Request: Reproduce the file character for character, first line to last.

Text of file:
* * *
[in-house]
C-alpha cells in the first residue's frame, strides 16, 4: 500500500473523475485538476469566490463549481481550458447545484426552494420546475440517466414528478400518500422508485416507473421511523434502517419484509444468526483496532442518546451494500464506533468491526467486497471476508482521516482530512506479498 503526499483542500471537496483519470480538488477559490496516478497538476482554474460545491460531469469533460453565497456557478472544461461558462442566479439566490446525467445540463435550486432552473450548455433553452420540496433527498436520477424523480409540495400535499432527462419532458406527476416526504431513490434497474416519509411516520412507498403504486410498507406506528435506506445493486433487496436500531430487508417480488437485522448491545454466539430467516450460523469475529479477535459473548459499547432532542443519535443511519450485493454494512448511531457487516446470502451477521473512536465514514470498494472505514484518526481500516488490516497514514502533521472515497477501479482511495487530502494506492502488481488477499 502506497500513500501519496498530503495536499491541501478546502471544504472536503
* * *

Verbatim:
[in-house]
C-alpha cells in the first residue's frame, strides 16, 4: 500500500473523475485538476469566490463549481481550458447545484426552494420546475440517466414528478400518500422508485416507473421511523434502517419484509444468526483496532442518546451494500464506533468491526467486497471476508482521516482530512506479498 503526499483542500471537496483519470480538488477559490496516478497538476482554474460545491460531469469533460453565497456557478472544461461558462442566479439566490446525467445540463435550486432552473450548455433553452420540496433527498436520477424523480409540495400535499432527462419532458406527476416526504431513490434497474416519509411516520412507498403504486410498507406506528435506506445493486433487496436500531430487508417480488437485522448491545454466539430467516450460523469475529479477535459473548459499547432532542443519535443511519450485493454494512448511531457487516446470502451477521473512536465514514470498494472505514484518526481500516488490516497514514502533521472515497477501479482511495487530502494506492502488481488477499 502506497500513500501519496498530503495536499491541501478546502471544504472536503